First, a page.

NASA, Fish and Wildlife to use UAS for forest fire detection

By Patrick C. Miller | October 09, 2014

NASA is teaming up with the U.S. Fish and Wildlife Service on a project using unmanned aerial systems to detect brush and forest fires in the Great Dismal Swamp National Wildlife Refuge on the Virginia-North Carolina border.

NASA’s Langley Research Center in Hampton, Virginia, signed a one-year agreement with the Department of the Interior’s U.S. Fish and Wildlife Service to test small UAVs.

The research will be conducted in the nearly 50,000-square-acre wildlife refuge under a NASA Aeronautics Research Mission Directorate project to integrate UAS into the national airspace.

“The U.S. Fish and Wildlife Service is evaluating the feasibility of airborne unmanned platforms and their ability to offer a safer and more cost-effective alternative for surveillance of potential areas of interest immediately following thunderstorm activity,” said Chris Lowie, Great Dismal Swamp Refuge Manager.

Lowe said the agency hopes to significantly decrease the amount of time needed to detect new fires, resulting in potential cost savings of millions of dollars to taxpayers.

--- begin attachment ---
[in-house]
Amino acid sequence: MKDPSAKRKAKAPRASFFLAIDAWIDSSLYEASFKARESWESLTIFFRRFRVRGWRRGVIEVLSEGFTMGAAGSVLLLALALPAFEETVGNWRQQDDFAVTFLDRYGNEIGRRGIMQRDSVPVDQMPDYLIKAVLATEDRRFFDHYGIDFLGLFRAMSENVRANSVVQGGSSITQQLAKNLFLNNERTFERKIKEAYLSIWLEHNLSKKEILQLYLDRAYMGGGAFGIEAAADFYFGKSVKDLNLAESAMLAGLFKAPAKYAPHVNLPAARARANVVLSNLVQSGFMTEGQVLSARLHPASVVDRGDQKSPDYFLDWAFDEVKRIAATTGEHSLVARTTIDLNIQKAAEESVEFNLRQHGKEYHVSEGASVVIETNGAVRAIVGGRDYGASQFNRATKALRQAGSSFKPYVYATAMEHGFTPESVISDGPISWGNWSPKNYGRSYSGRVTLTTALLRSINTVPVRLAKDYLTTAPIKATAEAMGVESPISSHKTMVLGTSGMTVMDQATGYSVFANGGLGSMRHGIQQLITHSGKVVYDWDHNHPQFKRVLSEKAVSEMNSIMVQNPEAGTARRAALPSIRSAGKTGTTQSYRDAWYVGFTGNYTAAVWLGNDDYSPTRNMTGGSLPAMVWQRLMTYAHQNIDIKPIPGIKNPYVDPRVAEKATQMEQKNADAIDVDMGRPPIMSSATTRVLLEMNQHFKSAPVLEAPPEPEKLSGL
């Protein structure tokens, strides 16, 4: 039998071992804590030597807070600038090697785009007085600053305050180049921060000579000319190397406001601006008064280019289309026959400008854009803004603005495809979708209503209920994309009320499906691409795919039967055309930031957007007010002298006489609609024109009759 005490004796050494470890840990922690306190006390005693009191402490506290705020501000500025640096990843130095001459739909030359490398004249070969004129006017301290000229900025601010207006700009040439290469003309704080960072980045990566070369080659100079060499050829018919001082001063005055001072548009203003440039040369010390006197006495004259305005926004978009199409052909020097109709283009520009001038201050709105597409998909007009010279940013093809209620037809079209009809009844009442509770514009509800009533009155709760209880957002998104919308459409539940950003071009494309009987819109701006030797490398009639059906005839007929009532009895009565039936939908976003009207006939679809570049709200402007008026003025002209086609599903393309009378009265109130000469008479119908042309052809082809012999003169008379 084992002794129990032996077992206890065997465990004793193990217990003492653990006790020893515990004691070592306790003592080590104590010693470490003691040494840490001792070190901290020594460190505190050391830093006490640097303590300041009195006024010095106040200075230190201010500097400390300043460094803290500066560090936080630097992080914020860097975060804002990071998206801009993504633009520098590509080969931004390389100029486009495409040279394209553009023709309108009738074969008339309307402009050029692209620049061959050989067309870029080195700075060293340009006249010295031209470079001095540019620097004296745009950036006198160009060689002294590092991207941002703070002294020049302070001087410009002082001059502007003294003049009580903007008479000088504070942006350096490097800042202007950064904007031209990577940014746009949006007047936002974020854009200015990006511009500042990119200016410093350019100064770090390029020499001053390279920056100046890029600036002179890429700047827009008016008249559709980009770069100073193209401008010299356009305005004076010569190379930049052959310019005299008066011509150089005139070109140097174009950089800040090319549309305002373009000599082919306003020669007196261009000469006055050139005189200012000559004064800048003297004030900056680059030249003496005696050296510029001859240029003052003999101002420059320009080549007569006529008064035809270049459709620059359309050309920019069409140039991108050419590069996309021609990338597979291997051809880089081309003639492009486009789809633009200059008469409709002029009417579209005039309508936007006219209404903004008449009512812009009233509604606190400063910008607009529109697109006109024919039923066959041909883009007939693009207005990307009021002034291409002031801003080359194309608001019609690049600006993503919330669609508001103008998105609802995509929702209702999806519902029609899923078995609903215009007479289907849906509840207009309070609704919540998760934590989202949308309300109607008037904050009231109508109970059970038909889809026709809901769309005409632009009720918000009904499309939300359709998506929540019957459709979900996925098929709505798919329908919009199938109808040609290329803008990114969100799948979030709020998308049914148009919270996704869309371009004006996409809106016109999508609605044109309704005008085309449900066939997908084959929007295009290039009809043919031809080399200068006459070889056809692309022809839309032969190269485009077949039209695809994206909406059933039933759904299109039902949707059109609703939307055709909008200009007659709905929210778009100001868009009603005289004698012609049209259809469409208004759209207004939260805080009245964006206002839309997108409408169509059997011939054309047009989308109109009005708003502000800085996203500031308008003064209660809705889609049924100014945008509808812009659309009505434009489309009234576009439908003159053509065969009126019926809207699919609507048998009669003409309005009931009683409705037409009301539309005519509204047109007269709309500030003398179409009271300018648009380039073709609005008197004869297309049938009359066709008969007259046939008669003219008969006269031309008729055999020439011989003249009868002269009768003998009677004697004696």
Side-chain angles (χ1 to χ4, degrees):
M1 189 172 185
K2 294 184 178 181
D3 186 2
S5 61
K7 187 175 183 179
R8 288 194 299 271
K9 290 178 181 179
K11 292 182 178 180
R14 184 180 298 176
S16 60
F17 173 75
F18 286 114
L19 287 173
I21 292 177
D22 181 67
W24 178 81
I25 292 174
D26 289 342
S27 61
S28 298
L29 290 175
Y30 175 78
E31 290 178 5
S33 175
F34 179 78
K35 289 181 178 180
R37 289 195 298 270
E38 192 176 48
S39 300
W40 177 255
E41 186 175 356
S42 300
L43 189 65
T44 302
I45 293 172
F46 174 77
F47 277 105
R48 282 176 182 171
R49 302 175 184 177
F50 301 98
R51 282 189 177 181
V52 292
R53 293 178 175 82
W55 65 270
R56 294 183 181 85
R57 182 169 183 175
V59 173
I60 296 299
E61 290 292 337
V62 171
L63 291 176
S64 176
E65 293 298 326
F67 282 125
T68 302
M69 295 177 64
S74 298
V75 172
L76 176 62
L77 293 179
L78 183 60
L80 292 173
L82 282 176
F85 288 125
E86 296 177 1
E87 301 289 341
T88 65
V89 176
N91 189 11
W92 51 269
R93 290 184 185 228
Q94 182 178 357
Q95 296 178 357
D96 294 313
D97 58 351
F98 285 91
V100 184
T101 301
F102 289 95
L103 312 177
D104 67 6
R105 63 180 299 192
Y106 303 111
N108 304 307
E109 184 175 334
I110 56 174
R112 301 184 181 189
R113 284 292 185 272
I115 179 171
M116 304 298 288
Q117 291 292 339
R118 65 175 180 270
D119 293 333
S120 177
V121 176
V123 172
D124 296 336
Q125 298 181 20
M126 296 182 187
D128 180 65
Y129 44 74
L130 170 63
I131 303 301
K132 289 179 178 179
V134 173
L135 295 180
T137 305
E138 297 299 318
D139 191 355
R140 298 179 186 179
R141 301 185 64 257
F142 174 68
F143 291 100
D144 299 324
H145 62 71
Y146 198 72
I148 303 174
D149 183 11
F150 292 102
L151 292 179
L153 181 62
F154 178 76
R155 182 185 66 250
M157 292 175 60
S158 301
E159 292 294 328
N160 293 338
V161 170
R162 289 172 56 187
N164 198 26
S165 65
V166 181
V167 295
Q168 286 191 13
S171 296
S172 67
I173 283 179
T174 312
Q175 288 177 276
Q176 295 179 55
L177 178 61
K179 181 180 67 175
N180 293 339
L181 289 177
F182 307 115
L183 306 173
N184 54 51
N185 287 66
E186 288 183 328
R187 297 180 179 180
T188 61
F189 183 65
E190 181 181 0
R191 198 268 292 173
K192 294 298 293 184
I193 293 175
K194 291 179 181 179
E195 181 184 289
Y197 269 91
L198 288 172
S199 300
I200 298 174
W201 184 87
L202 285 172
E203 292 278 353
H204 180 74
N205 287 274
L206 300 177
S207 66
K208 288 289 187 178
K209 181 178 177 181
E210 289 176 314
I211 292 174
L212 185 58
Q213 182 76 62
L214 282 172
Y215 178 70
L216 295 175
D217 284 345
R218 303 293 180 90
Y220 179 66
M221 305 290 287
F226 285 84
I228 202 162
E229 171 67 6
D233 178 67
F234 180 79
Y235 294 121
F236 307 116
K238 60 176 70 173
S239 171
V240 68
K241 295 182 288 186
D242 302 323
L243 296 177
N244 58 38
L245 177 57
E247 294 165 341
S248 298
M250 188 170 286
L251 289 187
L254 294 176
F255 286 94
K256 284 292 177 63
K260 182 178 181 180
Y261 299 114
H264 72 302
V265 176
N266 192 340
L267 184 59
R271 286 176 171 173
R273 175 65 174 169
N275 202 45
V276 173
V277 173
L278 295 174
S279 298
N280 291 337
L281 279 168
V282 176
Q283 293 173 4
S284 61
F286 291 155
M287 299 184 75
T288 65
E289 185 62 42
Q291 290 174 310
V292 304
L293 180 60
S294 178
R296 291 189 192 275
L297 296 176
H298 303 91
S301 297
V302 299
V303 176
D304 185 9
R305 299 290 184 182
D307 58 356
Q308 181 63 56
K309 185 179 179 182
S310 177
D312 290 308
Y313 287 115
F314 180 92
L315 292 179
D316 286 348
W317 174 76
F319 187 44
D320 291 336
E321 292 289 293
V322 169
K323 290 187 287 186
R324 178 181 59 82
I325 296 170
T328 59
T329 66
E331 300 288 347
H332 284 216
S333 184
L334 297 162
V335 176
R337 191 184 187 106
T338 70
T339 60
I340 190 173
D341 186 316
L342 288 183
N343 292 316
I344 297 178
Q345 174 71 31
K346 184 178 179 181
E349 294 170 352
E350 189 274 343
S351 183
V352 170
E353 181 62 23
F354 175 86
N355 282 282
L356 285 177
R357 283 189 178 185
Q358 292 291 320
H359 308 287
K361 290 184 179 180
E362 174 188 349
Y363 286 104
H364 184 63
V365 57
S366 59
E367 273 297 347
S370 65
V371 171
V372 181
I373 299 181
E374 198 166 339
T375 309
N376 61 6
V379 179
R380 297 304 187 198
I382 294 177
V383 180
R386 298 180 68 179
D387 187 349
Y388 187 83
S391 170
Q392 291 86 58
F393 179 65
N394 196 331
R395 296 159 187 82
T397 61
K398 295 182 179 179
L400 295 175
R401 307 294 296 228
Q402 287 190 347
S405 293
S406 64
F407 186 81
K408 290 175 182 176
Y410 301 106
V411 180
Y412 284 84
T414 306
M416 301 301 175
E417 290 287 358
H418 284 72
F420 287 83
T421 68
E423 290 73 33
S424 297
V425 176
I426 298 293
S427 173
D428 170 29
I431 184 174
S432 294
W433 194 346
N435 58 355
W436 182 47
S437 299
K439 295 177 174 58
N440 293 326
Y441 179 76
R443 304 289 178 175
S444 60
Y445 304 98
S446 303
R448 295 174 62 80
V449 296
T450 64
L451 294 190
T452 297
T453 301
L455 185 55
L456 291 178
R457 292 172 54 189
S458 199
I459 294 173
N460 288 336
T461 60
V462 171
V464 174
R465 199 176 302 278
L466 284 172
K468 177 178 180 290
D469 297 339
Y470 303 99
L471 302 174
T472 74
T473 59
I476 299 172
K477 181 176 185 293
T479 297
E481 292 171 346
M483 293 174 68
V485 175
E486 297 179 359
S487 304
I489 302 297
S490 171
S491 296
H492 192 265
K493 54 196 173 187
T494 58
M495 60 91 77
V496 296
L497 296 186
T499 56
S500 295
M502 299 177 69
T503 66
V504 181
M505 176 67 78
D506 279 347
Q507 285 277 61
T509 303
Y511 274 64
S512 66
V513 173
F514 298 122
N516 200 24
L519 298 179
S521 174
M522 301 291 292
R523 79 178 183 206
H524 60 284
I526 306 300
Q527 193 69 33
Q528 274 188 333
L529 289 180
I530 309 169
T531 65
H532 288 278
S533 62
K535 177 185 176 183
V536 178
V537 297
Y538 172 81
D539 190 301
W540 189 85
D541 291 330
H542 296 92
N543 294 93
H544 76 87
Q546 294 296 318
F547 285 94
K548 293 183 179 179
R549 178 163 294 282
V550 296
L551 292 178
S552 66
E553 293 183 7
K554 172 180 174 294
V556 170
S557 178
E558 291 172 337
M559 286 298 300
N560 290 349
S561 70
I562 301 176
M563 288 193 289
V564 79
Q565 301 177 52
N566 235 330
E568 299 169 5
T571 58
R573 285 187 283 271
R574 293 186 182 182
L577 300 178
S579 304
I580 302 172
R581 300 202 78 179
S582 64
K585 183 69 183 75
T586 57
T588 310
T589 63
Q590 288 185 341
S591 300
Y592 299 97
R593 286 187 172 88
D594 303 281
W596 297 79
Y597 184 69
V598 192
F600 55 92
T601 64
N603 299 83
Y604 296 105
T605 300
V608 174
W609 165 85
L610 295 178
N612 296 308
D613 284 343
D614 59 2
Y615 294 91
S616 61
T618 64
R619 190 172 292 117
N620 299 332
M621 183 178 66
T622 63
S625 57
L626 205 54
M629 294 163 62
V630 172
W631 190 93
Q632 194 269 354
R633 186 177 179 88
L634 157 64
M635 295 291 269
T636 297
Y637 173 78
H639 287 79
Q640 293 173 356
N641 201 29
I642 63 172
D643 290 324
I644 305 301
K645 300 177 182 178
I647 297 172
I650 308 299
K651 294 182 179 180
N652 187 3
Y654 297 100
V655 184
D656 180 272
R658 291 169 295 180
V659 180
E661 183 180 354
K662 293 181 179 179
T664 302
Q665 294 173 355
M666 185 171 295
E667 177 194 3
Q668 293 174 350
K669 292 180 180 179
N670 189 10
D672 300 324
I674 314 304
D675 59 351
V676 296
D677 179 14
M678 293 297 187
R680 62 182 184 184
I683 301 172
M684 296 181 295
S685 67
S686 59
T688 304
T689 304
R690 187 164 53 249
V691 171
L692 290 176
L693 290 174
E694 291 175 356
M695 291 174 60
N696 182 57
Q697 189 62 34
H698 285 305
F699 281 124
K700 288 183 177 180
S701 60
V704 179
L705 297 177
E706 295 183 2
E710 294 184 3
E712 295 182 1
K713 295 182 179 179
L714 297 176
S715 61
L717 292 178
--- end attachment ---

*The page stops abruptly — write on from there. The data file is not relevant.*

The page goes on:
Mike Logan, research lead at Langley, came up with the idea after a forest fire in 2011 that lasted nearly four months and cost more than $10 million to extinguish. Smoke from that fire, which was caused by a lightning strike, traveled as far north as Maryland.

“I made a phone call to the local fire captain after days of inhaling peat bog smoke,” said Logan. “I learned most fires are caused by lightning strikes and the only way they can spot them is by hiring an aircraft to do an aerial survey of the huge swamp. So I figured why not use a UAV as a fire detector?”

After approval from the Federal Aviation Administration, the team at Langley plans to fly a lightweight UAS equipped with cameras and transmitters over the wildlife refuge.

“One is an out-of-the-nose camera that can see smoke plumes as they are rising,” Logan explained. “The other is an infrared camera housed in the body of the plane that points down. It can find hot spots by detecting heat signatures.”

The UAV will transmit video that can be monitored on a laptop or mobile ground station. The aircraft weighs about 15 pounds, has a wingspan of nearly six feet, has a range of eight miles and can fly for an hour before recharging. It can be programmed to fly on its own, but a safety pilot will monitor operations during the tests, Logan said.

“This kind of application for unmanned aerial systems shows just one public benefit,” said Dave Hinton, Langley associate director for UAS technologies and applications. “They can be used to detect fires or locate people who are lost.”